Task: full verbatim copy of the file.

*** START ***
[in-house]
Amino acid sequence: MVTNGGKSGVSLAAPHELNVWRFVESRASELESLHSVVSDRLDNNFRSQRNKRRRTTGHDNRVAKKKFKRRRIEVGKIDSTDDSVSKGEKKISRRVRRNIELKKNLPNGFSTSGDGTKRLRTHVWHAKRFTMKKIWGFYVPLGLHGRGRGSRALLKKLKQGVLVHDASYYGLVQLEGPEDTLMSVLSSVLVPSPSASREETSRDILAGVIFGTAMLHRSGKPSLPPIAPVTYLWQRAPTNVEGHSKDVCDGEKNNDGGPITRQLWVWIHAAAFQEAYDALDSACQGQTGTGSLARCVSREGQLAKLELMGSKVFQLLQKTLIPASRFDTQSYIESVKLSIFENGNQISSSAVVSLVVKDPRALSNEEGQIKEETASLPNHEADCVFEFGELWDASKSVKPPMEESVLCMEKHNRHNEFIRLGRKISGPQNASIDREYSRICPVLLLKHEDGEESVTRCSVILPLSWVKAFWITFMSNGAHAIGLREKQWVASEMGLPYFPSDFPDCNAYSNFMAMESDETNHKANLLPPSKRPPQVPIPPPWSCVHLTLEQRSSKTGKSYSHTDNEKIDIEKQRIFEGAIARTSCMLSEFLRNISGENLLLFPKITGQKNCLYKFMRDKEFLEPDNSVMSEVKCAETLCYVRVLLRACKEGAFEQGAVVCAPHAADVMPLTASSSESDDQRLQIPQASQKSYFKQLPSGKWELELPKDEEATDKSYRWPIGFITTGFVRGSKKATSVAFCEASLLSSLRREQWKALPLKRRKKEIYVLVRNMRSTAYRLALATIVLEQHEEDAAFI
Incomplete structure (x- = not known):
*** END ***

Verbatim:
[in-house]
Amino acid sequence: MVTNGGKSGVSLAAPHELNVWRFVESRASELESLHSVVSDRLDNNFRSQRNKRRRTTGHDNRVAKKKFKRRRIEVGKIDSTDDSVSKGEKKISRRVRRNIELKKNLPNGFSTSGDGTKRLRTHVWHAKRFTMKKIWGFYVPLGLHGRGRGSRALLKKLKQGVLVHDASYYGLVQLEGPEDTLMSVLSSVLVPSPSASREETSRDILAGVIFGTAMLHRSGKPSLPPIAPVTYLWQRAPTNVEGHSKDVCDGEKNNDGGPITRQLWVWIHAAAFQEAYDALDSACQGQTGTGSLARCVSREGQLAKLELMGSKVFQLLQKTLIPASRFDTQSYIESVKLSIFENGNQISSSAVVSLVVKDPRALSNEEGQIKEETASLPNHEADCVFEFGELWDASKSVKPPMEESVLCMEKHNRHNEFIRLGRKISGPQNASIDREYSRICPVLLLKHEDGEESVTRCSVILPLSWVKAFWITFMSNGAHAIGLREKQWVASEMGLPYFPSDFPDCNAYSNFMAMESDETNHKANLLPPSKRPPQVPIPPPWSCVHLTLEQRSSKTGKSYSHTDNEKIDIEKQRIFEGAIARTSCMLSEFLRNISGENLLLFPKITGQKNCLYKFMRDKEFLEPDNSVMSEVKCAETLCYVRVLLRACKEGAFEQGAVVCAPHAADVMPLTASSSESDDQRLQIPQASQKSYFKQLPSGKWELELPKDEEATDKSYRWPIGFITTGFVRGSKKATSVAFCEASLLSSLRREQWKALPLKRRKKEIYVLVRNMRSTAYRLALATIVLEQHEEDAAFI
Incomplete structure (x- = not known):